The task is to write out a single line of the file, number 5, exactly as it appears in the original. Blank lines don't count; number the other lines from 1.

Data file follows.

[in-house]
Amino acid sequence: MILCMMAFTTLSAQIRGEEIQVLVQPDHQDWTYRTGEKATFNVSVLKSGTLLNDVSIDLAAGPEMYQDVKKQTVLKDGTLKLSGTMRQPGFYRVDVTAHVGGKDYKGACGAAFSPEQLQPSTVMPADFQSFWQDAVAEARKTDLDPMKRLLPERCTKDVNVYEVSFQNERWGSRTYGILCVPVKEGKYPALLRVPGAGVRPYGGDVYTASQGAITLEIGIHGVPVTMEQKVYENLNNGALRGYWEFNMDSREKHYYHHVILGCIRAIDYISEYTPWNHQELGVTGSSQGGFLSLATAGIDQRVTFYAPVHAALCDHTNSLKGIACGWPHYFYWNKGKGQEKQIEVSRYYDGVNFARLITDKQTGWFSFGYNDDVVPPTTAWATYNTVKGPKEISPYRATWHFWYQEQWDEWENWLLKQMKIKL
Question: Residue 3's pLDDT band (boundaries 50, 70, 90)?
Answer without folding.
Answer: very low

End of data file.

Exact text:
Answer: very low